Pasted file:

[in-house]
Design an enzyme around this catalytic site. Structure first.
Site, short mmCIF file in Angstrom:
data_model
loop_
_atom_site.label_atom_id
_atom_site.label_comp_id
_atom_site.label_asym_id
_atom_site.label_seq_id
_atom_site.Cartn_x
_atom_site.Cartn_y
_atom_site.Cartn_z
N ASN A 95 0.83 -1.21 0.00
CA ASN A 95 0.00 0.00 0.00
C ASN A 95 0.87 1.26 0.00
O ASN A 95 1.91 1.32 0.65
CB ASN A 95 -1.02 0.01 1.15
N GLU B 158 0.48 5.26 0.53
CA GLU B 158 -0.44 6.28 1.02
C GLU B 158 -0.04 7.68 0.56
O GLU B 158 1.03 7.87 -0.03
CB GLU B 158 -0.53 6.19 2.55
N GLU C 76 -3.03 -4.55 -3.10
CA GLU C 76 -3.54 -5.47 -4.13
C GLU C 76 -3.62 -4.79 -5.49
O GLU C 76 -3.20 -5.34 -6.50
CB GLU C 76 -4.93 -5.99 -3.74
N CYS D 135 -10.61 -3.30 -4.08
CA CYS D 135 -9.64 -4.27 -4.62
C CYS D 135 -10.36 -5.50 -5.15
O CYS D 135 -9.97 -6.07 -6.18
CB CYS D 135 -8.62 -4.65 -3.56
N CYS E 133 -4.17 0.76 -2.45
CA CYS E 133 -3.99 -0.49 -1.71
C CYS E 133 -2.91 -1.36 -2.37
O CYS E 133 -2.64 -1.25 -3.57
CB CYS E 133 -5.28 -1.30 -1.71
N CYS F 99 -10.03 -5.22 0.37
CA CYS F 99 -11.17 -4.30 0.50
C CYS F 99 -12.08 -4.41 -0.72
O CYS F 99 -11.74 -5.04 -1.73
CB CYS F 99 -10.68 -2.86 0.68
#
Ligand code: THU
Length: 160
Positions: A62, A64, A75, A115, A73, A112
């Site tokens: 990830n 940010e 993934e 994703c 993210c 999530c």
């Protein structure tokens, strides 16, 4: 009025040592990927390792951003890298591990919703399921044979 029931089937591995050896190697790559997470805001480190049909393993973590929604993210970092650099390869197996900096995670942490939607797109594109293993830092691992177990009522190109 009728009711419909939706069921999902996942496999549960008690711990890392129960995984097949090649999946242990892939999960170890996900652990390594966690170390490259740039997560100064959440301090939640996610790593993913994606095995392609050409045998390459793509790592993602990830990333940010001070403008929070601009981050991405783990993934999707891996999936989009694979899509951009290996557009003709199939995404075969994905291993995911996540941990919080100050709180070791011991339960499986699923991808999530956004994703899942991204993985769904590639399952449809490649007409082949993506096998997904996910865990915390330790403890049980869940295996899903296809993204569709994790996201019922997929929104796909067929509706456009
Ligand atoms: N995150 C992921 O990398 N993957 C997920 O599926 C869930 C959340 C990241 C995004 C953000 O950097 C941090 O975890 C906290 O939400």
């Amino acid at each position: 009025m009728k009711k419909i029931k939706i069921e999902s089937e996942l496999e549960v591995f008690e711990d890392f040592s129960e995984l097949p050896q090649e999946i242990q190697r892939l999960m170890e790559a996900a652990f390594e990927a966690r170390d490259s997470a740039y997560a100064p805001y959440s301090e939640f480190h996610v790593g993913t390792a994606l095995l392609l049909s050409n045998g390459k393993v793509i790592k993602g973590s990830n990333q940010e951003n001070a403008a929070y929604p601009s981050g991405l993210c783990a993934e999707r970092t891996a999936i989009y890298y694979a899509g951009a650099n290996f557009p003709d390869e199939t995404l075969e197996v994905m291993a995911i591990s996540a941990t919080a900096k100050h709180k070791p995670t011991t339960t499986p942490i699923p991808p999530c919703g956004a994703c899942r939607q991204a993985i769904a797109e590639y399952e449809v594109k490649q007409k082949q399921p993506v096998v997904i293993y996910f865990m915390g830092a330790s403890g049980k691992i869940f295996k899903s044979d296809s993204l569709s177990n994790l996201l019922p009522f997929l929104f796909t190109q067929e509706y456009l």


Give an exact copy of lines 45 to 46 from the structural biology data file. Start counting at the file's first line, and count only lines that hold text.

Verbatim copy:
Length: 160
Positions: A62, A64, A75, A115, A73, A112